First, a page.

Four freedomsThere are many wonderful things about working for the Institute for Policy Studies. Take the dress code: Wear clothes. Seven years after escaping the corporate media and landing at this think tank, I can count on one hand the number of times I’ve purchased pantyhose. If you see a guy wearing a suit, chances are that he’s an intern and it’s his first day. The family-friendly work ethics can’t be beat: If you have children or your sister is ill, you’re welcome and expected to maneuver your office obligations around the obligations of being a caring parent and siblings. Best of all, we have the privilege of working with dozens of brilliant and kind people who genuinely want to save the world.

We’re especially fortunate that Marcus Raskin, who together with Richard Barnet, founded our organization in 1963, is still part of the gang. Four Freedoms Under Siege, which Raskin co-authored with his longtime friend Robert Spero, is his most recent book. It’s brilliant and eternally timely. The title harkens from the four freedoms FDR identified in his 1941 State of the Union address: the freedom of speech, freedom to worship, freedom from want, and freedom from fear. One chapter, authored by Spero, profiles Marc.

In just 10 pages, Spero relates how this remarkably gifted pianist raised in a working-class Milwaukee family landed at Juilliard, then opted to turn his lifelong passion for music into a hobby, earning a law degree from the University of Chicago, spending a few years in the Kennedy administration, and then co-founding with Richard Barnet a progressive and boldly independent think tank. The chapter includes a great synopsis of Marc’s role in galvanizing opposition to the Vietnam War, and highlights from the Institute’s first four and a half decades, such as this remarkable anecdote.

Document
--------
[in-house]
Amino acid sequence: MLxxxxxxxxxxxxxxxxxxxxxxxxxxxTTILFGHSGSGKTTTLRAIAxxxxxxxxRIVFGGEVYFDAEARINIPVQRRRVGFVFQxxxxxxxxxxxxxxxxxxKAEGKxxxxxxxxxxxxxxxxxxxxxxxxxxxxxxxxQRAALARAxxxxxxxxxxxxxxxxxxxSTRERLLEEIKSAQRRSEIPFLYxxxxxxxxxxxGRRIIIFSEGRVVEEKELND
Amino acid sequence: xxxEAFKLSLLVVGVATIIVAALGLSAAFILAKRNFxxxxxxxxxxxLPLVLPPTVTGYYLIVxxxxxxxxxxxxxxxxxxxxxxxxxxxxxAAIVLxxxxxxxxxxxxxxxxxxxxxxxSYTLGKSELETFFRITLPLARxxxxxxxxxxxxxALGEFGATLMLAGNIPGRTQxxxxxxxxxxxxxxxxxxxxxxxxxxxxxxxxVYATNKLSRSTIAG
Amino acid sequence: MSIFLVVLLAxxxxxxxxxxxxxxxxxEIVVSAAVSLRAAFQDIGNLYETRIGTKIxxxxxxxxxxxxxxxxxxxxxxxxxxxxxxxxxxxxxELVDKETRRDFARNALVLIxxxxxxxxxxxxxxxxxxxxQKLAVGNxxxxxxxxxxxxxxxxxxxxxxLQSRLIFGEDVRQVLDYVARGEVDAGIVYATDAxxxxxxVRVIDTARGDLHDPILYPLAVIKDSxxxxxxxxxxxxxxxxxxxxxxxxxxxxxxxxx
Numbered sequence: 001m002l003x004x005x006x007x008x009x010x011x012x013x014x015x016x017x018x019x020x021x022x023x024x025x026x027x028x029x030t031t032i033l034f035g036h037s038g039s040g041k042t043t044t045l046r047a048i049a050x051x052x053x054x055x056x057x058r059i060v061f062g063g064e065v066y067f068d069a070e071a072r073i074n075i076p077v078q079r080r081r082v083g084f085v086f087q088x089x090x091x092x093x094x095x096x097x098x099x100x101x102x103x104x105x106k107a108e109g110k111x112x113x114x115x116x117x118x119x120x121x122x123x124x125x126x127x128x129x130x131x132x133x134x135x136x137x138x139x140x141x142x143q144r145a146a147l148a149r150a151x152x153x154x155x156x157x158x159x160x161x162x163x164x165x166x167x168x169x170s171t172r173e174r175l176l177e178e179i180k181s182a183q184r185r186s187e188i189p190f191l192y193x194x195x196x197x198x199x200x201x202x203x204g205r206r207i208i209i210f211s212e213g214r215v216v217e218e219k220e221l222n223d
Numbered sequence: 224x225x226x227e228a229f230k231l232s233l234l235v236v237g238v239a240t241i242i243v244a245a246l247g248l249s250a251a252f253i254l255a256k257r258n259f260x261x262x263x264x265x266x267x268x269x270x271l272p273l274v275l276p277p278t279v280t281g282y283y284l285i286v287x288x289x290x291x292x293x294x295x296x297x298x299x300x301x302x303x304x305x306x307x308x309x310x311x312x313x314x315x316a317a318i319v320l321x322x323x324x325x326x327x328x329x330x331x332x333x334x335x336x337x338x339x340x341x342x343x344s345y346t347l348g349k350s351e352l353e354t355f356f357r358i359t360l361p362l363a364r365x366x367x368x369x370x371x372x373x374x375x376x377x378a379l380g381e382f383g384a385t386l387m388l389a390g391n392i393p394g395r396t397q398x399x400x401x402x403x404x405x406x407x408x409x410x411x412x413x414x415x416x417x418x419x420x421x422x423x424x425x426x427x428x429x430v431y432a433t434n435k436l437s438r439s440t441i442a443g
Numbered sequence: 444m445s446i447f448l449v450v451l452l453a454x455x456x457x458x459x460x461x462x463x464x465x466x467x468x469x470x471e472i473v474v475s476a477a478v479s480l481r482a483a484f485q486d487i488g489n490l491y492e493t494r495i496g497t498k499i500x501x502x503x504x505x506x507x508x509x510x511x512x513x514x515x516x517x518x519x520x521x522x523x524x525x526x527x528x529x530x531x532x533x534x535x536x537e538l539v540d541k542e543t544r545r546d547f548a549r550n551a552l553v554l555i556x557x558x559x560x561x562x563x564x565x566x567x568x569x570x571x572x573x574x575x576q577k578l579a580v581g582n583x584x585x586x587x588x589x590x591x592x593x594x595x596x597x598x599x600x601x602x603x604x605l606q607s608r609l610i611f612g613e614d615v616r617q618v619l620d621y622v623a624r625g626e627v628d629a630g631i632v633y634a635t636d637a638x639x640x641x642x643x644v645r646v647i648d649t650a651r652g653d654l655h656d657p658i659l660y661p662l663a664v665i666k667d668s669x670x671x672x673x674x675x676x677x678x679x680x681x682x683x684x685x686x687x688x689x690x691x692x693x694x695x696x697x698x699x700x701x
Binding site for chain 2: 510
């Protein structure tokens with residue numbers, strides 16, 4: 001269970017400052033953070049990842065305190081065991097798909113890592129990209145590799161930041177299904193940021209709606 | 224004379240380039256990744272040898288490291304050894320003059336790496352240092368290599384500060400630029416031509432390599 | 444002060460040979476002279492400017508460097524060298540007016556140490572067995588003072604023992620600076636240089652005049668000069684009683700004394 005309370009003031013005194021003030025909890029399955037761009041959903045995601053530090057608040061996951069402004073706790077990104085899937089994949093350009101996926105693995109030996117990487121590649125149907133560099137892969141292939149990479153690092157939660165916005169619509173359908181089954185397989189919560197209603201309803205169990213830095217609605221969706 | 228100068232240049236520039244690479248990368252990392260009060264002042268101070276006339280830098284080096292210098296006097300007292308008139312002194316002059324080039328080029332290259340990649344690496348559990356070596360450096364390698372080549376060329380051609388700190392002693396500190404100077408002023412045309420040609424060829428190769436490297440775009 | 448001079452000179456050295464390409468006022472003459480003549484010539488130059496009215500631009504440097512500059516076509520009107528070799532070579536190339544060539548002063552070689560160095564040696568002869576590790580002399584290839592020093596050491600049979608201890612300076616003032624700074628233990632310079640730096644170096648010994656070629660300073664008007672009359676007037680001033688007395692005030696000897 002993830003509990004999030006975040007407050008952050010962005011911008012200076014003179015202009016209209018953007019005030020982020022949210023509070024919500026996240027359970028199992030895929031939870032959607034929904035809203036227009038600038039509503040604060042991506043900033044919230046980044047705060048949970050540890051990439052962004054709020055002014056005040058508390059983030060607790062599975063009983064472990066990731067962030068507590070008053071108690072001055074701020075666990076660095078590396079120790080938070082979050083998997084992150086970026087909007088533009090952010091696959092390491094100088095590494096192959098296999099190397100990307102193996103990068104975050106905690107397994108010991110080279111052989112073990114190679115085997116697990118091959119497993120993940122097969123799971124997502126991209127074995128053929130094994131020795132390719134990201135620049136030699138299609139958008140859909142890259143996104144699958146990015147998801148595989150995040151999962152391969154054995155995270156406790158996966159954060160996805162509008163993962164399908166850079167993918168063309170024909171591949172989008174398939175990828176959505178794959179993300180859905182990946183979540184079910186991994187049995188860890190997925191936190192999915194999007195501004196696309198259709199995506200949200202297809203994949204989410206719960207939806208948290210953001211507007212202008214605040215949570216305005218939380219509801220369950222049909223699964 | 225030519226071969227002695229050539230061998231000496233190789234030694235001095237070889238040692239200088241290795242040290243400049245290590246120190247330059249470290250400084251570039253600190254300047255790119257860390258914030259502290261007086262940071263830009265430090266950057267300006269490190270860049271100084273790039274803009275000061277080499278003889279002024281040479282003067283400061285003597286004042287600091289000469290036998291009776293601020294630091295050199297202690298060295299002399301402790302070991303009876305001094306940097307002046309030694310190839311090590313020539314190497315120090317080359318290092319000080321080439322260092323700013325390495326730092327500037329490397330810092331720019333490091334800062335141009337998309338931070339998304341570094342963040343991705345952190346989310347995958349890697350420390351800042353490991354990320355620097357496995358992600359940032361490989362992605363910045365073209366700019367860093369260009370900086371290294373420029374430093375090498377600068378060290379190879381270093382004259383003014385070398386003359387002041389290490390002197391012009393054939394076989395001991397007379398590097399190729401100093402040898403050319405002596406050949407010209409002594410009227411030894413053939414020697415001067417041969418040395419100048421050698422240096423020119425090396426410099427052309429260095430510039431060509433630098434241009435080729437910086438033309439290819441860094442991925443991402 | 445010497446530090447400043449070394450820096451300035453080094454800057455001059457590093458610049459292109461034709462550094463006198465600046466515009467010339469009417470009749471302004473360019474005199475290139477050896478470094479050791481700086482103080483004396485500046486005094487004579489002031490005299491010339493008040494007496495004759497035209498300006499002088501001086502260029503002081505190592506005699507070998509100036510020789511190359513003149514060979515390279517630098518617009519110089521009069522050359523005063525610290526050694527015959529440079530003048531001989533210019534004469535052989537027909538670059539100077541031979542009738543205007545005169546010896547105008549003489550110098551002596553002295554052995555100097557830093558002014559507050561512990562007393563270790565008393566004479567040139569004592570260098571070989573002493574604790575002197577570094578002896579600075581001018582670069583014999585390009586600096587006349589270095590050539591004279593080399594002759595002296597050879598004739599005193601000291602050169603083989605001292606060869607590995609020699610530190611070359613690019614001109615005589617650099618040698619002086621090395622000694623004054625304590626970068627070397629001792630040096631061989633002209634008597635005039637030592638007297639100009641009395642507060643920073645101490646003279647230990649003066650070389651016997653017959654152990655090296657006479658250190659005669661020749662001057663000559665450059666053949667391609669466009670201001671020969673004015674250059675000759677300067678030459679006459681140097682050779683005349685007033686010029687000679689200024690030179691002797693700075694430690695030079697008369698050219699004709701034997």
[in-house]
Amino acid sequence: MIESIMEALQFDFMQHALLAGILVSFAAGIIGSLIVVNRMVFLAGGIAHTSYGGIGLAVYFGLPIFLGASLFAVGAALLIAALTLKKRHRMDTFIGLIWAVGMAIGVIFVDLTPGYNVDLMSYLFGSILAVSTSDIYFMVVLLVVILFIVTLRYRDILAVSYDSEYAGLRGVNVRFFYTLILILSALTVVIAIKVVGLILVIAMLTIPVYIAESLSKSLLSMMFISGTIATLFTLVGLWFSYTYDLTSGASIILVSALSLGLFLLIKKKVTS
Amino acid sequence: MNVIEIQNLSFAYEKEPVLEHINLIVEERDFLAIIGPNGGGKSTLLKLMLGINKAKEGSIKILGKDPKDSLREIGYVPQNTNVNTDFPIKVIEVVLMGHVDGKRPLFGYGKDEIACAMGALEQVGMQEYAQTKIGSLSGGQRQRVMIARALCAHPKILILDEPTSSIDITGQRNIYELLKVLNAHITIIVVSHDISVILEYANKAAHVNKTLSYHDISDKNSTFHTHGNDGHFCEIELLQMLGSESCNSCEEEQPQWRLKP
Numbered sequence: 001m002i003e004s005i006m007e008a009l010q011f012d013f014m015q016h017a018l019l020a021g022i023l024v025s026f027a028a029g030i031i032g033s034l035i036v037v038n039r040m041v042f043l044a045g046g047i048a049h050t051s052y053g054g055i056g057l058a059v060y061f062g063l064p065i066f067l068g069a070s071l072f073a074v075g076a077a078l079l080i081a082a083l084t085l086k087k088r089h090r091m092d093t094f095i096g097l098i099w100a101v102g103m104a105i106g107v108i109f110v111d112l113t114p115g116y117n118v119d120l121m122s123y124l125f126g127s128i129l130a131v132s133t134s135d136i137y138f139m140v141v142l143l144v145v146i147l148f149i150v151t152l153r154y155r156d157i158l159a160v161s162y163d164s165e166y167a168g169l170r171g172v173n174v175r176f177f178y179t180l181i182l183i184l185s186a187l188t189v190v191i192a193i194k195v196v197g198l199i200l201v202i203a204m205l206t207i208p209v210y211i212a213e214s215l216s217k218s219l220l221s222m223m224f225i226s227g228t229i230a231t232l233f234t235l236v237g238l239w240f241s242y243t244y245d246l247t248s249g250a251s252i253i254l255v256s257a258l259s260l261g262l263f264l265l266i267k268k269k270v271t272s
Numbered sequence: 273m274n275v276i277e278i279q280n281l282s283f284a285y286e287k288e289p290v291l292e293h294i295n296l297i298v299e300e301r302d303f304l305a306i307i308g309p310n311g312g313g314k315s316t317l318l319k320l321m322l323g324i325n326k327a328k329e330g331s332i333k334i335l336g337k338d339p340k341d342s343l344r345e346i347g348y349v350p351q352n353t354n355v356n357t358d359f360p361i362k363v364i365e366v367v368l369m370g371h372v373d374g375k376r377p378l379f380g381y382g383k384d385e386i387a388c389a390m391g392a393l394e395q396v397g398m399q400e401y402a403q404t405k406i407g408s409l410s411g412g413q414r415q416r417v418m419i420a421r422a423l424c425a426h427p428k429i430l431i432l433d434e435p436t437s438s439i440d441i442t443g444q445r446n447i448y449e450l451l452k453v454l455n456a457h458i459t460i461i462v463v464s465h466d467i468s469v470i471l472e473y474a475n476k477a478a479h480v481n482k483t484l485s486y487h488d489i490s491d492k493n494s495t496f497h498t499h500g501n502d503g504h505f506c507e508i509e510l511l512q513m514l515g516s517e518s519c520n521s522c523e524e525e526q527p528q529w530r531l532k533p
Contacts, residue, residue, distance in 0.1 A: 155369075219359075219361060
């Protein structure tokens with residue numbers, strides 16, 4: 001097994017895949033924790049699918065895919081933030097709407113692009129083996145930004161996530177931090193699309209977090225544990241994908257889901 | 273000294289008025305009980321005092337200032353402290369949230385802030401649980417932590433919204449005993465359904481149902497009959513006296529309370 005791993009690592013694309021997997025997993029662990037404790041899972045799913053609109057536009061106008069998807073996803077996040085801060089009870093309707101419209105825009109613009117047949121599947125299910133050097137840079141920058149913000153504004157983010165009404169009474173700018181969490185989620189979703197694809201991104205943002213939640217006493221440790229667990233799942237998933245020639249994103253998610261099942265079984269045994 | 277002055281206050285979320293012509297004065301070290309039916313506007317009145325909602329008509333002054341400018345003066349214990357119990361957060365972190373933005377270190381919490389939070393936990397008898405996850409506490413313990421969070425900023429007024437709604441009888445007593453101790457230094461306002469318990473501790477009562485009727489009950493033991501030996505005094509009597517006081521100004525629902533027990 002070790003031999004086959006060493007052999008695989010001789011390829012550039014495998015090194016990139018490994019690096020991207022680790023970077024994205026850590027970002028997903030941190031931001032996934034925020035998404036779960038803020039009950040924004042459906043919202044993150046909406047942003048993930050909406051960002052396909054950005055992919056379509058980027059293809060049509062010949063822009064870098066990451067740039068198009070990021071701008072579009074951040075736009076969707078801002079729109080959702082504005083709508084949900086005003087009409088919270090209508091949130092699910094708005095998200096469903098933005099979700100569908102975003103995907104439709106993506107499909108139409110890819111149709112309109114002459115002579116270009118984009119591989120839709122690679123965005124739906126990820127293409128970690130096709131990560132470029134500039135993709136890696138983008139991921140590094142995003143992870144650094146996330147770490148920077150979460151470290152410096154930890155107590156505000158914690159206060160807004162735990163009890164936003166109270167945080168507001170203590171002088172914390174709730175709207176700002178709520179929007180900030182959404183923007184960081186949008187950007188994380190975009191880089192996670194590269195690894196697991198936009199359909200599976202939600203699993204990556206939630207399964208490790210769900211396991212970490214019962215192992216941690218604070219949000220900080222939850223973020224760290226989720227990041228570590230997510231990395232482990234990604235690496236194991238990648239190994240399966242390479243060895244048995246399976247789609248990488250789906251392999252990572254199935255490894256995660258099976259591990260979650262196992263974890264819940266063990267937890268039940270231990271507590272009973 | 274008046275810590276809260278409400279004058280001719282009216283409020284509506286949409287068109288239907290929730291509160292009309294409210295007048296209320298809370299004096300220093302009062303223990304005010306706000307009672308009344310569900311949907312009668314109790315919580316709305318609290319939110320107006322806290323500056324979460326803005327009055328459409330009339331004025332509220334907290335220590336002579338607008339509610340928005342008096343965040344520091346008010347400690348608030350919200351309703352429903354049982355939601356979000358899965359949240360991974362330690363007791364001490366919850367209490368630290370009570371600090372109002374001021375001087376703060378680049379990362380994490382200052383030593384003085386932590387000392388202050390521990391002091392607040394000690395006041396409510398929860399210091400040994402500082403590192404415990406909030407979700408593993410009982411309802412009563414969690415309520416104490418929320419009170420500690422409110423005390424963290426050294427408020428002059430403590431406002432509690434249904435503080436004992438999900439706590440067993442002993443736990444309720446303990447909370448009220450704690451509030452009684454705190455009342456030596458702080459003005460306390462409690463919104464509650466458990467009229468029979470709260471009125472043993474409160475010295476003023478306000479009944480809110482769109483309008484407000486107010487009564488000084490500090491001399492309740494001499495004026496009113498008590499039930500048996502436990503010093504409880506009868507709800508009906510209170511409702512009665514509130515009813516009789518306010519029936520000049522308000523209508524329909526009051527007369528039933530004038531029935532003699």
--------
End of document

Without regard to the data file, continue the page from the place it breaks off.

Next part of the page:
“Ten years before President Ronald Reagan was credited with ending the cold war, Raskin and Barnet met in Moscow with Mikhail Gorbachev’s senior advisors and learned, contrary to CIA estimates, that the Soviet Union was an overgrown third world country, its military threat was greatly exaggerated, and communist solidarity was a myth. Raskin passed their insights to the State Department, which paid no heed.”

The real “I didn’t know that!” part for me was learning that the actor Gene Wilder was one of Marc’s junior high school friends. “It wasn’t music or art (or girls) that drove Marcus,” said the star of Young Frankenstein and Willy Wonka & the Chocolate Factory, who was known as Jerry Silberman back then. “But rather how, if he were ever in a position of power, he wanted to change the world so that people, like the poor families around us, would have decent homes to come home to.”

The book, originally released in 2006 in hardcover, is now out as a paperback, which you can purchase online. This chapter is currently posted to our website, but will only be there for about two weeks. I also recommend watching this short video by former IPSer Farrah Hassen, which features Marc’s haunting piano playing.

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